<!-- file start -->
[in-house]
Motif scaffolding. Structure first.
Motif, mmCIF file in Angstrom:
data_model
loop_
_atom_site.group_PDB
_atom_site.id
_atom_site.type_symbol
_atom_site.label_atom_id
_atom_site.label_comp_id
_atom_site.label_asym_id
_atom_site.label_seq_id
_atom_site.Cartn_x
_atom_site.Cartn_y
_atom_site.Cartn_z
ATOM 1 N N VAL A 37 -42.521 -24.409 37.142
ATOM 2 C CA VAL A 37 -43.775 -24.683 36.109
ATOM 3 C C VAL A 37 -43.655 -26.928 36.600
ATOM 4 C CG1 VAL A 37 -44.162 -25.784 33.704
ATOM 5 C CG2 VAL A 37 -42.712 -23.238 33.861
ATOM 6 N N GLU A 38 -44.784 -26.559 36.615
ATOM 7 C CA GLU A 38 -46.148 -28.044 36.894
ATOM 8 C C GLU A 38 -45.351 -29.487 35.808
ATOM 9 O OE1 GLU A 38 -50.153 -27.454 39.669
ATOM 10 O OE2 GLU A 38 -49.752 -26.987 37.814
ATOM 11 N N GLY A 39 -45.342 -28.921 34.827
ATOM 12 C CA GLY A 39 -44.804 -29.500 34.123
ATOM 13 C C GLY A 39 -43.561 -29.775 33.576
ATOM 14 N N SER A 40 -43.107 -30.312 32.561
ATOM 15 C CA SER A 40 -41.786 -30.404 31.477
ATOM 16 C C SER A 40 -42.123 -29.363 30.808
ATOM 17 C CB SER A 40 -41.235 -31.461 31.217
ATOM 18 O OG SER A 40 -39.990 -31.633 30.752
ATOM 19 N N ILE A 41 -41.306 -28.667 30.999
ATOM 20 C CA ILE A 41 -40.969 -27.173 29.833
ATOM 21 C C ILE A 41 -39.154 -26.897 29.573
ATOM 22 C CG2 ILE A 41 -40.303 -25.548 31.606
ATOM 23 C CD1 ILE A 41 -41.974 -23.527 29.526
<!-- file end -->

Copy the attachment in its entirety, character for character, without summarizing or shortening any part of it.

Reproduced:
[in-house]
Motif scaffolding. Structure first.
Motif, mmCIF file in Angstrom:
data_model
loop_
_atom_site.group_PDB
_atom_site.id
_atom_site.type_symbol
_atom_site.label_atom_id
_atom_site.label_comp_id
_atom_site.label_asym_id
_atom_site.label_seq_id
_atom_site.Cartn_x
_atom_site.Cartn_y
_atom_site.Cartn_z
ATOM 1 N N VAL A 37 -42.521 -24.409 37.142
ATOM 2 C CA VAL A 37 -43.775 -24.683 36.109
ATOM 3 C C VAL A 37 -43.655 -26.928 36.600
ATOM 4 C CG1 VAL A 37 -44.162 -25.784 33.704
ATOM 5 C CG2 VAL A 37 -42.712 -23.238 33.861
ATOM 6 N N GLU A 38 -44.784 -26.559 36.615
ATOM 7 C CA GLU A 38 -46.148 -28.044 36.894
ATOM 8 C C GLU A 38 -45.351 -29.487 35.808
ATOM 9 O OE1 GLU A 38 -50.153 -27.454 39.669
ATOM 10 O OE2 GLU A 38 -49.752 -26.987 37.814
ATOM 11 N N GLY A 39 -45.342 -28.921 34.827
ATOM 12 C CA GLY A 39 -44.804 -29.500 34.123
ATOM 13 C C GLY A 39 -43.561 -29.775 33.576
ATOM 14 N N SER A 40 -43.107 -30.312 32.561
ATOM 15 C CA SER A 40 -41.786 -30.404 31.477
ATOM 16 C C SER A 40 -42.123 -29.363 30.808
ATOM 17 C CB SER A 40 -41.235 -31.461 31.217
ATOM 18 O OG SER A 40 -39.990 -31.633 30.752
ATOM 19 N N ILE A 41 -41.306 -28.667 30.999
ATOM 20 C CA ILE A 41 -40.969 -27.173 29.833
ATOM 21 C C ILE A 41 -39.154 -26.897 29.573
ATOM 22 C CG2 ILE A 41 -40.303 -25.548 31.606
ATOM 23 C CD1 ILE A 41 -41.974 -23.527 29.526